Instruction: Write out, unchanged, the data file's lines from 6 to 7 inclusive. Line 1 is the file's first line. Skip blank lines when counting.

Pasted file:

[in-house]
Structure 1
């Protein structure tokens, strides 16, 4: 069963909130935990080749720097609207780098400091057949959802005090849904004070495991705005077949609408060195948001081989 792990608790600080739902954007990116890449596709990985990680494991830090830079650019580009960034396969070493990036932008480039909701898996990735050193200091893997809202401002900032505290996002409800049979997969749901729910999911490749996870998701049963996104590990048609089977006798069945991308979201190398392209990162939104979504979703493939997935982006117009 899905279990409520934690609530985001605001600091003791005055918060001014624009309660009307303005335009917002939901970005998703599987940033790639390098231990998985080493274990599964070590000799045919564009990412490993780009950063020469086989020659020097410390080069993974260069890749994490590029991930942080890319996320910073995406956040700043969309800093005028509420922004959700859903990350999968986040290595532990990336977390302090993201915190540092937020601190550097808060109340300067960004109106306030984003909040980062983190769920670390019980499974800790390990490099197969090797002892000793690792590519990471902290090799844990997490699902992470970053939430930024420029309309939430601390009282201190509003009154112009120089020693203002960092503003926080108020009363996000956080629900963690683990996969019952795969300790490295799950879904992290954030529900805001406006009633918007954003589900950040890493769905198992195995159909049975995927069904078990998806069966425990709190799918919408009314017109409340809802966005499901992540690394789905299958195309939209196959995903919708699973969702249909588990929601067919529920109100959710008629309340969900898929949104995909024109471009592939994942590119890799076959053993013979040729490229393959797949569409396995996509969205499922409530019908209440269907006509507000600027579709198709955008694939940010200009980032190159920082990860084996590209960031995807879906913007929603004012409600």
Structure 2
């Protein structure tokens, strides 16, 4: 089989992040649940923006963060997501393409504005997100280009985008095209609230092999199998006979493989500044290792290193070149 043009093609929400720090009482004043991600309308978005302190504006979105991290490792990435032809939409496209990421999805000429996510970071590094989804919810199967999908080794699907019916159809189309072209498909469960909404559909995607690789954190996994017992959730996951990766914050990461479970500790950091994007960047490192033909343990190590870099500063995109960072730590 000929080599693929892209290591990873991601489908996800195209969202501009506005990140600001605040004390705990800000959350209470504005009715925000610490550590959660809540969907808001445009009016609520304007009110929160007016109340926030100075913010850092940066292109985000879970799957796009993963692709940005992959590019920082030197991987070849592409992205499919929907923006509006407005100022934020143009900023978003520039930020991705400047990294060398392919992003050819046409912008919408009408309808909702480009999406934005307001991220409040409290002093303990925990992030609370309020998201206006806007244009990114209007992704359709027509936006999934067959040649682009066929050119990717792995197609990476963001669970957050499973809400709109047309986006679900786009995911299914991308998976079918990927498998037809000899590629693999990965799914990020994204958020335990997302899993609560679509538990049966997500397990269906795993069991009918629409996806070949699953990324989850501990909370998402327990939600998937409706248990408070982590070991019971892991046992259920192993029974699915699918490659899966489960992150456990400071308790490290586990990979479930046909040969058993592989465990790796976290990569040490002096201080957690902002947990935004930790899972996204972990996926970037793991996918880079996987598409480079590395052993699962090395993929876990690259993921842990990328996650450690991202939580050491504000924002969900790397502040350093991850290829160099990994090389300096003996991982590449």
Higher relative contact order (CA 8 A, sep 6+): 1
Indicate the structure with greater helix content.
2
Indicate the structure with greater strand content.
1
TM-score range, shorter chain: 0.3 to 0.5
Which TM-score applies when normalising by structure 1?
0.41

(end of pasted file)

Higher relative contact order (CA 8 A, sep 6+): 1
Indicate the structure with greater helix content.